Updates on cases, laws, and other topics of interest to local governments

Subscribe by Email

Enter your Email:
Preview | Powered by FeedBlitz

Subscribe in a Reader

Follow Municipal Minute on Twitter


Blog comments do not reflect the views or opinions of the Author or Ancel Glink. Some of the content may be considered attorney advertising material under the applicable rules of certain states. Prior results do not guarantee a similar outcome. Please read our full disclaimer

Tuesday, April 16, 2024

Administrative Review Law Was the Exclusive Remedy for Backpay Claim

An Illinois Appellate Court upheld the dismissal of a lawsuit brought by a Sheriff's office employee that sought backpay related to an unpaid suspension in Coduto v. Cook County.

In August of 2016, an employee in a Sheriff's office was suspended without pay after he was arrested for his third offense of driving while under the influence. The Sheriff then filed charges with the Sheriff’s Merit Board seek terminationation of the employee. While the charges were pending, the employee remained on an unpaid suspension, and two years after charges were filed, the Merit Board suspended the employee for 180 days.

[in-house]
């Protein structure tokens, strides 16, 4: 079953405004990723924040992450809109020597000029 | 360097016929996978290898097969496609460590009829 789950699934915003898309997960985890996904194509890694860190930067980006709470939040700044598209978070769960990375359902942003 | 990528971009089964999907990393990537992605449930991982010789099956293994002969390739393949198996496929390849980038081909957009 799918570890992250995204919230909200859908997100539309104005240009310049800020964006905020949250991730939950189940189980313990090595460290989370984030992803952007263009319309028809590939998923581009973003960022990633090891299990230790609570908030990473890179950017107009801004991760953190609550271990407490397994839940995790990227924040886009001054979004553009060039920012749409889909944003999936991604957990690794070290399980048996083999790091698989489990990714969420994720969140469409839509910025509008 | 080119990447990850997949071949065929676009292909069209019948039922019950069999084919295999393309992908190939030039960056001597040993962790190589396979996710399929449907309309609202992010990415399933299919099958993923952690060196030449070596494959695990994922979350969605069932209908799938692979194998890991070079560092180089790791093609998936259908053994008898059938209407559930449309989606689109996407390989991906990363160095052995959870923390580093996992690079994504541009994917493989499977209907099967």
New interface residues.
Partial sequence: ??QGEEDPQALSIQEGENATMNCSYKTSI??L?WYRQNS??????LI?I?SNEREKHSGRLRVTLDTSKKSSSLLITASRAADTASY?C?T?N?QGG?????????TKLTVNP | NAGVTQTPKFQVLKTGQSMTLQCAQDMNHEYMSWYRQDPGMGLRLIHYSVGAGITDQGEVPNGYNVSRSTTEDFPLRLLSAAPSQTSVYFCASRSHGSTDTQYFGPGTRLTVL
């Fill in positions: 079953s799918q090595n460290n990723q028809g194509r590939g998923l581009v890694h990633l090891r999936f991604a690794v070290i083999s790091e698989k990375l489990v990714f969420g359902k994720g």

The Sheriff appealed and the circuit court upheld the Merit Board’s decision. Neither party appealed this decision. However, the employee subsequently filed a separate lawsuit seeking back pay from the Sheriff's office for the period of time he was on an unpaid suspension in excess of the Merit Board's 180-day suspension.

The Sheriff filed a motion to dismiss the backpay lawsuit based on the following: (1) the employee's coplaint failed to state a valid mandamus claim; (2) the employee's sole recourse was to appeal the Merit Board's decision under the Administrative Review Law; and (3) his claim was brought too late. The circuit court ruled in favor of the Sheriff and dismissed the case. 

On appeal, the Appellate Court upheld the dismissal of the employee's lawsuit, finding that the employee should have raised the issue of backpay at the original administrative hearing and then by filing a  Administrative Review Law action within 35 days of the final decision of the Merit Board, and his  failure to seek relief through administrative review was fatal to his case.

Post Authored by Madeline Tankersley & Julie Tappendorf, Ancel Glink


Post a Comment